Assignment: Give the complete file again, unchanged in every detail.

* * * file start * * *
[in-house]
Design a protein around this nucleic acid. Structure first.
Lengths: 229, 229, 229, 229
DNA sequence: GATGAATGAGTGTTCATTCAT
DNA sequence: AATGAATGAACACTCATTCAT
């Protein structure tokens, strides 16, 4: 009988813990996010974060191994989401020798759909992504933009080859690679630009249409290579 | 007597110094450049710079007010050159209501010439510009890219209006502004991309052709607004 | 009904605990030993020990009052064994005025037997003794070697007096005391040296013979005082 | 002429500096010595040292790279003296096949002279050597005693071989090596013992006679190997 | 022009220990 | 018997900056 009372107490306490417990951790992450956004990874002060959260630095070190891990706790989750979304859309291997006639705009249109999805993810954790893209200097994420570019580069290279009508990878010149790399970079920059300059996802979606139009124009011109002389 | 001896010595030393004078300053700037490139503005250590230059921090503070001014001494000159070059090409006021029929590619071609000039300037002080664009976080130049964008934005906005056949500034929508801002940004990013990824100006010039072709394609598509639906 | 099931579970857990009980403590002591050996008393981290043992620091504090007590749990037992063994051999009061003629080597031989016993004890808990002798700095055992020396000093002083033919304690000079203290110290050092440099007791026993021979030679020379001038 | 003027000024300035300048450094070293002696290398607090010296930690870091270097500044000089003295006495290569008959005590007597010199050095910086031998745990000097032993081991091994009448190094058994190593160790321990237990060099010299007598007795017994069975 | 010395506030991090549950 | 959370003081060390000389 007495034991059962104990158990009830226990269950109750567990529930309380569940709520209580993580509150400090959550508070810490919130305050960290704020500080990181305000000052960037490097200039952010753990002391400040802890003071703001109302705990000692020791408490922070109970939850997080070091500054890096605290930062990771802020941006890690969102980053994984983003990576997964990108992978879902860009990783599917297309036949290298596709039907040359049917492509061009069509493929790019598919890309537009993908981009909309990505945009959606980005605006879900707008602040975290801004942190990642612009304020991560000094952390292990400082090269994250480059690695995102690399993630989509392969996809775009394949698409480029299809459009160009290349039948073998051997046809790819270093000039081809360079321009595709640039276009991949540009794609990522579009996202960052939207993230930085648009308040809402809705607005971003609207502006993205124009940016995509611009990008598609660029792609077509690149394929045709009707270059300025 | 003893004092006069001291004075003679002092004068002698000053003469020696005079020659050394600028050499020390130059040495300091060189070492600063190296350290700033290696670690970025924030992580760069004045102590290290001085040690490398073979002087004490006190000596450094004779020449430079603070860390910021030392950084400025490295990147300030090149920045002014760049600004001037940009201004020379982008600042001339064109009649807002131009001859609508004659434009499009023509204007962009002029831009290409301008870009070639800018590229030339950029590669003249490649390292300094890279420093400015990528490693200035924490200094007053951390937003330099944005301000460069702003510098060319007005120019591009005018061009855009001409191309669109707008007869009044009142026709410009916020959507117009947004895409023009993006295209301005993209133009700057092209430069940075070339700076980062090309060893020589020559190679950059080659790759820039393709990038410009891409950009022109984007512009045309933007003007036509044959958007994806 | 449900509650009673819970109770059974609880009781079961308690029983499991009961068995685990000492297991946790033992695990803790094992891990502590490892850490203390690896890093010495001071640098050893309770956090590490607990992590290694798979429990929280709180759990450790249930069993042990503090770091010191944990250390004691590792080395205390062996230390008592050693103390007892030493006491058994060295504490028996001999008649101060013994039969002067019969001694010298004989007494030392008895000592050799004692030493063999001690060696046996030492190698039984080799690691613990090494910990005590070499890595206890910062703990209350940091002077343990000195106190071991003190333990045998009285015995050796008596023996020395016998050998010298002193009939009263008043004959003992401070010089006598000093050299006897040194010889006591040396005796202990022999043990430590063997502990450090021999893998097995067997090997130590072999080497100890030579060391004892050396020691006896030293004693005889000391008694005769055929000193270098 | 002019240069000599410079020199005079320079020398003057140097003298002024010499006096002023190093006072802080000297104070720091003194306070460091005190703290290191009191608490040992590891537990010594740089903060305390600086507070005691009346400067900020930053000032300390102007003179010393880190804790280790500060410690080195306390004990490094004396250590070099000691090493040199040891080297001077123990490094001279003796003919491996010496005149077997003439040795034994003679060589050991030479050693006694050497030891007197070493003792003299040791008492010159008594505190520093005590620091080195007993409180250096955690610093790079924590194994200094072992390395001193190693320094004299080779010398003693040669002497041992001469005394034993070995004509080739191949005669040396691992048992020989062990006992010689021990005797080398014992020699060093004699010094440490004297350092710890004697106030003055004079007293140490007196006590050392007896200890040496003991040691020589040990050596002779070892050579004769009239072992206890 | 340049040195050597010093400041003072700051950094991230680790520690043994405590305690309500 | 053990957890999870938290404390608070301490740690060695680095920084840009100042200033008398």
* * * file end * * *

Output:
[in-house]
Design a protein around this nucleic acid. Structure first.
Lengths: 229, 229, 229, 229
DNA sequence: GATGAATGAGTGTTCATTCAT
DNA sequence: AATGAATGAACACTCATTCAT
């Protein structure tokens, strides 16, 4: 009988813990996010974060191994989401020798759909992504933009080859690679630009249409290579 | 007597110094450049710079007010050159209501010439510009890219209006502004991309052709607004 | 009904605990030993020990009052064994005025037997003794070697007096005391040296013979005082 | 002429500096010595040292790279003296096949002279050597005693071989090596013992006679190997 | 022009220990 | 018997900056 009372107490306490417990951790992450956004990874002060959260630095070190891990706790989750979304859309291997006639705009249109999805993810954790893209200097994420570019580069290279009508990878010149790399970079920059300059996802979606139009124009011109002389 | 001896010595030393004078300053700037490139503005250590230059921090503070001014001494000159070059090409006021029929590619071609000039300037002080664009976080130049964008934005906005056949500034929508801002940004990013990824100006010039072709394609598509639906 | 099931579970857990009980403590002591050996008393981290043992620091504090007590749990037992063994051999009061003629080597031989016993004890808990002798700095055992020396000093002083033919304690000079203290110290050092440099007791026993021979030679020379001038 | 003027000024300035300048450094070293002696290398607090010296930690870091270097500044000089003295006495290569008959005590007597010199050095910086031998745990000097032993081991091994009448190094058994190593160790321990237990060099010299007598007795017994069975 | 010395506030991090549950 | 959370003081060390000389 007495034991059962104990158990009830226990269950109750567990529930309380569940709520209580993580509150400090959550508070810490919130305050960290704020500080990181305000000052960037490097200039952010753990002391400040802890003071703001109302705990000692020791408490922070109970939850997080070091500054890096605290930062990771802020941006890690969102980053994984983003990576997964990108992978879902860009990783599917297309036949290298596709039907040359049917492509061009069509493929790019598919890309537009993908981009909309990505945009959606980005605006879900707008602040975290801004942190990642612009304020991560000094952390292990400082090269994250480059690695995102690399993630989509392969996809775009394949698409480029299809459009160009290349039948073998051997046809790819270093000039081809360079321009595709640039276009991949540009794609990522579009996202960052939207993230930085648009308040809402809705607005971003609207502006993205124009940016995509611009990008598609660029792609077509690149394929045709009707270059300025 | 003893004092006069001291004075003679002092004068002698000053003469020696005079020659050394600028050499020390130059040495300091060189070492600063190296350290700033290696670690970025924030992580760069004045102590290290001085040690490398073979002087004490006190000596450094004779020449430079603070860390910021030392950084400025490295990147300030090149920045002014760049600004001037940009201004020379982008600042001339064109009649807002131009001859609508004659434009499009023509204007962009002029831009290409301008870009070639800018590229030339950029590669003249490649390292300094890279420093400015990528490693200035924490200094007053951390937003330099944005301000460069702003510098060319007005120019591009005018061009855009001409191309669109707008007869009044009142026709410009916020959507117009947004895409023009993006295209301005993209133009700057092209430069940075070339700076980062090309060893020589020559190679950059080659790759820039393709990038410009891409950009022109984007512009045309933007003007036509044959958007994806 | 449900509650009673819970109770059974609880009781079961308690029983499991009961068995685990000492297991946790033992695990803790094992891990502590490892850490203390690896890093010495001071640098050893309770956090590490607990992590290694798979429990929280709180759990450790249930069993042990503090770091010191944990250390004691590792080395205390062996230390008592050693103390007892030493006491058994060295504490028996001999008649101060013994039969002067019969001694010298004989007494030392008895000592050799004692030493063999001690060696046996030492190698039984080799690691613990090494910990005590070499890595206890910062703990209350940091002077343990000195106190071991003190333990045998009285015995050796008596023996020395016998050998010298002193009939009263008043004959003992401070010089006598000093050299006897040194010889006591040396005796202990022999043990430590063997502990450090021999893998097995067997090997130590072999080497100890030579060391004892050396020691006896030293004693005889000391008694005769055929000193270098 | 002019240069000599410079020199005079320079020398003057140097003298002024010499006096002023190093006072802080000297104070720091003194306070460091005190703290290191009191608490040992590891537990010594740089903060305390600086507070005691009346400067900020930053000032300390102007003179010393880190804790280790500060410690080195306390004990490094004396250590070099000691090493040199040891080297001077123990490094001279003796003919491996010496005149077997003439040795034994003679060589050991030479050693006694050497030891007197070493003792003299040791008492010159008594505190520093005590620091080195007993409180250096955690610093790079924590194994200094072992390395001193190693320094004299080779010398003693040669002497041992001469005394034993070995004509080739191949005669040396691992048992020989062990006992010689021990005797080398014992020699060093004699010094440490004297350092710890004697106030003055004079007293140490007196006590050392007896200890040496003991040691020589040990050596002779070892050579004769009239072992206890 | 340049040195050597010093400041003072700051950094991230680790520690043994405590305690309500 | 053990957890999870938290404390608070301490740690060695680095920084840009100042200033008398």